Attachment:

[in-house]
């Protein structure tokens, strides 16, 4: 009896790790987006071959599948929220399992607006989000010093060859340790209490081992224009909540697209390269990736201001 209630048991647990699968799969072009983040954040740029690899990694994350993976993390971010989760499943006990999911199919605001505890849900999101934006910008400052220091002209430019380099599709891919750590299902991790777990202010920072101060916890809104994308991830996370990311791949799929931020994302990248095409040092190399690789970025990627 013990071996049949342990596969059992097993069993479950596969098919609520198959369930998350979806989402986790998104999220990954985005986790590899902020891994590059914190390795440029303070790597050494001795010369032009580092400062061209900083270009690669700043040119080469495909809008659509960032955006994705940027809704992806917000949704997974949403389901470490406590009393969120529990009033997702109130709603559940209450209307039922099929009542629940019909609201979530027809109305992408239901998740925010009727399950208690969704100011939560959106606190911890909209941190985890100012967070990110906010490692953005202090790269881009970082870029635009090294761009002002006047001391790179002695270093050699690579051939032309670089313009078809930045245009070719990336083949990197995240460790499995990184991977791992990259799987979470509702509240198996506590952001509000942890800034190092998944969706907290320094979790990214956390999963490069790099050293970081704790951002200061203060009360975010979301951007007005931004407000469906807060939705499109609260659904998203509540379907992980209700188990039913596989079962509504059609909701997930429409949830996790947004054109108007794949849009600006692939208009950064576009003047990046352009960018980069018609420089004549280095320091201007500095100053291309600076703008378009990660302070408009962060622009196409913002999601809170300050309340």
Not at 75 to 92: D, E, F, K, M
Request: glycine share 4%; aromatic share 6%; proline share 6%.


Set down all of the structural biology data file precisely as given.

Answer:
[in-house]
């Protein structure tokens, strides 16, 4: 009896790790987006071959599948929220399992607006989000010093060859340790209490081992224009909540697209390269990736201001 209630048991647990699968799969072009983040954040740029690899990694994350993976993390971010989760499943006990999911199919605001505890849900999101934006910008400052220091002209430019380099599709891919750590299902991790777990202010920072101060916890809104994308991830996370990311791949799929931020994302990248095409040092190399690789970025990627 013990071996049949342990596969059992097993069993479950596969098919609520198959369930998350979806989402986790998104999220990954985005986790590899902020891994590059914190390795440029303070790597050494001795010369032009580092400062061209900083270009690669700043040119080469495909809008659509960032955006994705940027809704992806917000949704997974949403389901470490406590009393969120529990009033997702109130709603559940209450209307039922099929009542629940019909609201979530027809109305992408239901998740925010009727399950208690969704100011939560959106606190911890909209941190985890100012967070990110906010490692953005202090790269881009970082870029635009090294761009002002006047001391790179002695270093050699690579051939032309670089313009078809930045245009070719990336083949990197995240460790499995990184991977791992990259799987979470509702509240198996506590952001509000942890800034190092998944969706907290320094979790990214956390999963490069790099050293970081704790951002200061203060009360975010979301951007007005931004407000469906807060939705499109609260659904998203509540379907992980209700188990039913596989079962509504059609909701997930429409949830996790947004054109108007794949849009600006692939208009950064576009003047990046352009960018980069018609420089004549280095320091201007500095100053291309600076703008378009990660302070408009962060622009196409913002999601809170300050309340």
Not at 75 to 92: D, E, F, K, M
Request: glycine share 4%; aromatic share 6%; proline share 6%.